In this image, a US soldier lies dead after being shot and killed during the disastrous assault on Falluja, Iraq. The assault began in November 2004 and by its end the US/UK had taken 750 dead and wounded with a further 3,000 dead or wounded among the civilian populace. The operation was claimed to attempt to regain control of the city after the initial invasion of Iraq had failed and instead revealed massive anti-US feeling. Inline with much of US propaganda from 2001 onwards, the US military insisted that it needed to assault the city in revenge for the killing of a small handful of Blackwater Security mercenaries. The operation involved almost 15,000 occupation soldiers but completely failed to passify anti-occupation forces whom later went on to permanently bedevil the US until its final staged military concession in December 2011. Picture: EPA/STEFAN ZAKLIN/Landov.
After nine years of a war that has throughout its life carried little or no public support, and which has been dogged by industrial political war propaganda on a scale not seen since World War II, the United States has finally conceded defeat with a staged withdrawal of its scrubbed military hardware from Iraq across the Iraqi/Kuwait border. The staged re-deployment signals the removal of dressed military forces from Iraq but omits reference to the much larger remaining force of private militarised corporate mercenary forces, the vast bulk of which remain armed and in close proximity to the civilian Iraqi populace.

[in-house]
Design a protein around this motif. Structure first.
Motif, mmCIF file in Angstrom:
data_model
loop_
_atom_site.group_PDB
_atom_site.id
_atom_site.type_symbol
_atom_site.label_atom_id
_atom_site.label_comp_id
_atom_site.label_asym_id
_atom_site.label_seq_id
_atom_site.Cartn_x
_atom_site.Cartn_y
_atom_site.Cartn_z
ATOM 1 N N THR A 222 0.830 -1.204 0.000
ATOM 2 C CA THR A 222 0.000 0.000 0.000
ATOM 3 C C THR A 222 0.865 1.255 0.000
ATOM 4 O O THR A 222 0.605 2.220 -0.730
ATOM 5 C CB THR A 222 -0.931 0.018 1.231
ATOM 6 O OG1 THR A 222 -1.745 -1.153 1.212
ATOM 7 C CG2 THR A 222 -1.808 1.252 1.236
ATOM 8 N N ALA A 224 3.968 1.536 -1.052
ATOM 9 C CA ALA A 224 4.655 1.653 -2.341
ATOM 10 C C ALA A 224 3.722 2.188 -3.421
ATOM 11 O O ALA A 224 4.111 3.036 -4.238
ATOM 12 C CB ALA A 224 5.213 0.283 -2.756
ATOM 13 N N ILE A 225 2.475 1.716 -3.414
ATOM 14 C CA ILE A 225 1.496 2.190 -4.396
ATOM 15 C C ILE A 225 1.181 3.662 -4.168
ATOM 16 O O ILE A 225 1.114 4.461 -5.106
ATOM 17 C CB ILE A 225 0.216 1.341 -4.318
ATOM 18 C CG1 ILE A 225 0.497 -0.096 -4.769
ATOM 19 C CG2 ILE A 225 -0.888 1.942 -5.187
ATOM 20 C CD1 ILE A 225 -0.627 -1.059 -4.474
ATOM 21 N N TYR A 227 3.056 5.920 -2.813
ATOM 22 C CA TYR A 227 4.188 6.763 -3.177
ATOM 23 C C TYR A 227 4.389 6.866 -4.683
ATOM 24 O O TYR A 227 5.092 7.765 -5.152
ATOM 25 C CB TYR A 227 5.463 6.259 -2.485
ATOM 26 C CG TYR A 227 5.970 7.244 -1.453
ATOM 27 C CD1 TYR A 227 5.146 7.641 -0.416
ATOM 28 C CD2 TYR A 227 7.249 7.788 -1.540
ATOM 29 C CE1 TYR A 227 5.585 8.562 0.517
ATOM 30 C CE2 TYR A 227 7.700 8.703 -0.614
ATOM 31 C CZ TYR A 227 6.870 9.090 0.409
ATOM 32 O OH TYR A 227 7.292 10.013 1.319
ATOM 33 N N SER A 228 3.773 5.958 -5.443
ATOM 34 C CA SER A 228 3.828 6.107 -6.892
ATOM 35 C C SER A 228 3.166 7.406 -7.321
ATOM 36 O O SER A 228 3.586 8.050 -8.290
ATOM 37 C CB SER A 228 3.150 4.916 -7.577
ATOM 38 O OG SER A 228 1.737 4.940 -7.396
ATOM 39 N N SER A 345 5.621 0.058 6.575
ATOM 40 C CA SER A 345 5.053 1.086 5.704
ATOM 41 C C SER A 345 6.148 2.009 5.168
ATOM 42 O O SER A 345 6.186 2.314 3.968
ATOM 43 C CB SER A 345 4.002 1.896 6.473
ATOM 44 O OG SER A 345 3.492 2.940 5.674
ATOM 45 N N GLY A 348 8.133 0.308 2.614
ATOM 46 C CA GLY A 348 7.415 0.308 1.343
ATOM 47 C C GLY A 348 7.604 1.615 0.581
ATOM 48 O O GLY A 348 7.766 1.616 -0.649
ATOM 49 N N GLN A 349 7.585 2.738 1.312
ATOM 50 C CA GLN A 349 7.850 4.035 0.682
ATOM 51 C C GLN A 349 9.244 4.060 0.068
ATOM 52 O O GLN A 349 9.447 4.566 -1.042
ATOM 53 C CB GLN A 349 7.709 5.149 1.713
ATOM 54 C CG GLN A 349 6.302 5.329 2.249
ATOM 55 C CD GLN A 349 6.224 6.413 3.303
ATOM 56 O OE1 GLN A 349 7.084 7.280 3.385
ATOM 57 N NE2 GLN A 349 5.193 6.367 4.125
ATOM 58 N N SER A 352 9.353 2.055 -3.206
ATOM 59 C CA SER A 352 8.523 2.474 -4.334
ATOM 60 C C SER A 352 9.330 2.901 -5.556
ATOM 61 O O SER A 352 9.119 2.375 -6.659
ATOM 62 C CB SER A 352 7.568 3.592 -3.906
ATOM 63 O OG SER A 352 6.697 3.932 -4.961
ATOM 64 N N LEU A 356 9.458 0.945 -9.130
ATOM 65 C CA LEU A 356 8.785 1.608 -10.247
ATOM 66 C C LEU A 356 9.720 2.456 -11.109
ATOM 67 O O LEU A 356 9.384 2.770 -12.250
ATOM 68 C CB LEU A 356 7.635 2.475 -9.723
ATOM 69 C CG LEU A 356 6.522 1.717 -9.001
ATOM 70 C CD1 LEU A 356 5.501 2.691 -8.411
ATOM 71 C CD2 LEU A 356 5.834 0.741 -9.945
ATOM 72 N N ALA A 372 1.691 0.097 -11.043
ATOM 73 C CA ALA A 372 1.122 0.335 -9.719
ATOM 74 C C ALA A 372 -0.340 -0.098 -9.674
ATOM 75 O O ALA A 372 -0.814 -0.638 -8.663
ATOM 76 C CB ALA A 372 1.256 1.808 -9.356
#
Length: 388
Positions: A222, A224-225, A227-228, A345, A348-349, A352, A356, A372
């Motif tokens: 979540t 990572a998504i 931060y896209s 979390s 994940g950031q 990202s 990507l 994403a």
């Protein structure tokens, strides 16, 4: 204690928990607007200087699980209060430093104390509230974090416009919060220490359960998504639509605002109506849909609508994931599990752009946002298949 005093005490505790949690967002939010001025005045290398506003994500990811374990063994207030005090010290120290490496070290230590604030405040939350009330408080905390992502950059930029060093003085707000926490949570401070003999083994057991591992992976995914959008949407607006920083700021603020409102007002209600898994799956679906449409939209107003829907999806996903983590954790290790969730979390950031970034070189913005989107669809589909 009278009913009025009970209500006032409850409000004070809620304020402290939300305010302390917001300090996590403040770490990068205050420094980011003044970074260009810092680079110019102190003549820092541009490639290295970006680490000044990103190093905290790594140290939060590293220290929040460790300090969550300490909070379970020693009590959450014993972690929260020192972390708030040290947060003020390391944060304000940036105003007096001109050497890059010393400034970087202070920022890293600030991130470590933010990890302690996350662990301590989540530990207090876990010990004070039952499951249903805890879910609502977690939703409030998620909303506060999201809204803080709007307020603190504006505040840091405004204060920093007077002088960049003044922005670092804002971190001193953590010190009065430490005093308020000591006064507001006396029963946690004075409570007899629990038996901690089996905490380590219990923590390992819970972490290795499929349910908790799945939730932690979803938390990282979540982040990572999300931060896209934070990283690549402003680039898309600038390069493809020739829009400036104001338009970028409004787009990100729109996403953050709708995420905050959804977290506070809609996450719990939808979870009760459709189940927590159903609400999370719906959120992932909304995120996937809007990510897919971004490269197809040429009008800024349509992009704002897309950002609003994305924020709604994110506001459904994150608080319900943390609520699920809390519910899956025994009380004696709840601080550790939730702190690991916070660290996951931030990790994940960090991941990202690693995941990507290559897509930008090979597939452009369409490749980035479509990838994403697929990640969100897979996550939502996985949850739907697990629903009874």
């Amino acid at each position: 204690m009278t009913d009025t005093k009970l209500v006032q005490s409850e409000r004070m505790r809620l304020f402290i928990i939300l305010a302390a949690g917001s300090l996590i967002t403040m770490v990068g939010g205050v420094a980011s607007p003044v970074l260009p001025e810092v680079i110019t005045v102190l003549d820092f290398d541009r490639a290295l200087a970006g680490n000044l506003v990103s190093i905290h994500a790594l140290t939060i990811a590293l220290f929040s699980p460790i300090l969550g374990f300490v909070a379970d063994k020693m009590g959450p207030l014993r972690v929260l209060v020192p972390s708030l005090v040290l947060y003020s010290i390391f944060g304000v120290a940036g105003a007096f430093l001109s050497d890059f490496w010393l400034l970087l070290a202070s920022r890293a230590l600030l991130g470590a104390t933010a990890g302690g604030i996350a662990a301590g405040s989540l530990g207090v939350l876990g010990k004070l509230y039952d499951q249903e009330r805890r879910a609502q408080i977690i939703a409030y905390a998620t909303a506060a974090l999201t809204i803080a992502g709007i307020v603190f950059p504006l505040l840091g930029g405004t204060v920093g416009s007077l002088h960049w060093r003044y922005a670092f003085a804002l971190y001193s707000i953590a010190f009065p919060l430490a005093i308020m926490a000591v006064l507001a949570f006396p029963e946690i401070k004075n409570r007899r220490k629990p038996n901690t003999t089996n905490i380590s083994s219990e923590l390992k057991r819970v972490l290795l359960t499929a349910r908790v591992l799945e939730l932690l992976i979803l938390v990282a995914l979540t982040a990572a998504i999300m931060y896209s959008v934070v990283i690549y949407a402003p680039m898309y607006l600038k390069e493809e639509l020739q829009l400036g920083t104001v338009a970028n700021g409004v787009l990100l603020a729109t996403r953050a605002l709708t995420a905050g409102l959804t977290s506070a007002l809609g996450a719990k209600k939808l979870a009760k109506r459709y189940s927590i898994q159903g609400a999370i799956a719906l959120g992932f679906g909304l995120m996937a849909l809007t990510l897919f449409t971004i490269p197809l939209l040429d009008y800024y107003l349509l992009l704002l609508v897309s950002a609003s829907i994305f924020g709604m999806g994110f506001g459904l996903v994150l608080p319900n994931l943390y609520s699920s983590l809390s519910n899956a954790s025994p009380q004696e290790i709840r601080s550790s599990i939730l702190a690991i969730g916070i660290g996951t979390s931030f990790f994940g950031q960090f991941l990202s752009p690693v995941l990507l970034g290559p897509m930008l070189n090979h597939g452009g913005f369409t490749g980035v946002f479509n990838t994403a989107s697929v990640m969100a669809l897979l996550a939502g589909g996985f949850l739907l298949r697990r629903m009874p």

The continued presence of the bulk of US belligerent's in Iraq, is likely to provide the impetus for a continuance of the repulsive bombing campaign that has been on-going in Iraq throughout the entire past nine year period. Bombings in heavily built up areas have been a persistent feature of daily life in Iraq throughout the occupation of the country by the US and continues to this day.
The Iraq war has been the most costly war for many decades for the United States but pales by comparison to the horrific suffering forced upon the people of Iraq by the US military and its government. From its beginnings to the present day, the Iraq war has seen a wholesale collapse of the Iraq population with much of its populace being forced into cross-border flight to neighbouring states or succumbing to major and widespread violence all of which has taken place under the noses of the US occupying force. Much of the civil infrastructure is in chaos, tribal violence is chronic, financial disruption to Iraq's economy is near total and infests every area in which it can be measured and the sovereignty of Iraq is now largely in the hands of its eastern neighbour - Iran. The country has no coherent political structure, no international security and is saturated with extremists all of whom are now war hardened in both ideology and structure. Under no measure as yet identified by the United States is Iraq able to be classified as a fully functioning state. Under no measure as yet identified by the United States is the Iraq war able to be defined as a successful outcome to US foreign policy.